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Title
# announcements
p

Paul Woitaschek

08/27/2019, 6:56 AM
Im often in the situation that I have an enum class and that I want to have a value for each enum member. For example
enum class BaseNutrient
->
Map<BaseNutrient, Double>
. Is there a more elegant way than using
Basenutrient.values().associate { baseNutrient -> baseNutrient to 0.0 }
As I need that so frequently it feels like I’m overseeing sth in the stdlib
p

Pavlo Liapota

08/27/2019, 7:11 AM
There is
associateWith
function where you need to return just a value instead of a pair. So you can write
list.associateWith { 0.0 }
. But this function is defined for
Iterable
only. So I usually define my own extension function:
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inline fun <K, V> Array<out K>.associateWith(valueSelector: (K) -> V): Map<K, V> {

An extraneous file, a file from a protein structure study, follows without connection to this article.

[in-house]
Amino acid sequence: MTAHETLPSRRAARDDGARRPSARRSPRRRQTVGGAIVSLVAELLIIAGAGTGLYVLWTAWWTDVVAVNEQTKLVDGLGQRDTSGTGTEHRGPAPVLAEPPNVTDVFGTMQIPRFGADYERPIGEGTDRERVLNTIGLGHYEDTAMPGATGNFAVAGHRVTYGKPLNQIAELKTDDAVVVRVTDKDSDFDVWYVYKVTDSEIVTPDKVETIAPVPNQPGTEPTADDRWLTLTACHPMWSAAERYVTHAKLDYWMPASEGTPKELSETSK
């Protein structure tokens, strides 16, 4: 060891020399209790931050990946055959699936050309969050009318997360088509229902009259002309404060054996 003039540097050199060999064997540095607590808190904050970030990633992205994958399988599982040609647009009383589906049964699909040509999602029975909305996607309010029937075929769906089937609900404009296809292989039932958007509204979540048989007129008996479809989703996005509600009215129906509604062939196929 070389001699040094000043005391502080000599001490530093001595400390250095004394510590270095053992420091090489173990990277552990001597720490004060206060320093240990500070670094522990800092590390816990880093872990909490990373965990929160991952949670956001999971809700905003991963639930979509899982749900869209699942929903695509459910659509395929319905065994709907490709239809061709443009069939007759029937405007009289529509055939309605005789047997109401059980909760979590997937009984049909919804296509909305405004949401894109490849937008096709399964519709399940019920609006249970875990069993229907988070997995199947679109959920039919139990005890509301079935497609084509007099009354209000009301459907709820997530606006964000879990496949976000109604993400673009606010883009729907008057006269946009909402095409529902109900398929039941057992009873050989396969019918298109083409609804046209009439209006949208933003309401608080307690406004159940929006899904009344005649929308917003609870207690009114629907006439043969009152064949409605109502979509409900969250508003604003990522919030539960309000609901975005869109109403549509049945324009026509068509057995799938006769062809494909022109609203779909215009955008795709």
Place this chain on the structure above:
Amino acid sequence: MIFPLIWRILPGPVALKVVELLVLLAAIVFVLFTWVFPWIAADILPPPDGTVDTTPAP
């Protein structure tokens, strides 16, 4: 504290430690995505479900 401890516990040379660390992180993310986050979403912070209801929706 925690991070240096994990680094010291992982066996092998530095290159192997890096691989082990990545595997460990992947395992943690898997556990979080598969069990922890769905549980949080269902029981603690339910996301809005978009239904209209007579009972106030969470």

return asIterable().associateWith(valueSelector)
}
a

Amirul Zin

08/27/2019, 7:12 AM
Why not just declare it properly?
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enum class BaseNutrient(val value:Double){
    NOODLE(100.0),
    CARROT(50.0),
  }
👍 2
p

Pavlo Liapota

08/27/2019, 7:16 AM
In my use-case this value is calculated. Something like this:
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MyEnum.values().associateWith { foo(it) }
But if it is constant, then yes, property is the way to go.
p

Paul Woitaschek

08/27/2019, 7:18 AM
Ok I’ll open a ticket for this, thanks
👍 1
d

darkmoon_uk

08/28/2019, 7:09 AM
@Pavlo Liapota Is it calculated statically or dynamically? Either way, wouldn't an option be to just ascribe a function to each Enum, like:
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enum class Nutrient(val value:(Nutrient)->Double){
    APPLE(myNutrientFunctionFruit),
    CARROT(myNutrientFunctionVeg),
    SWEDE(myNutrientFunctionVeg);

    val kiloJoules : Double get() = this.value()
  }
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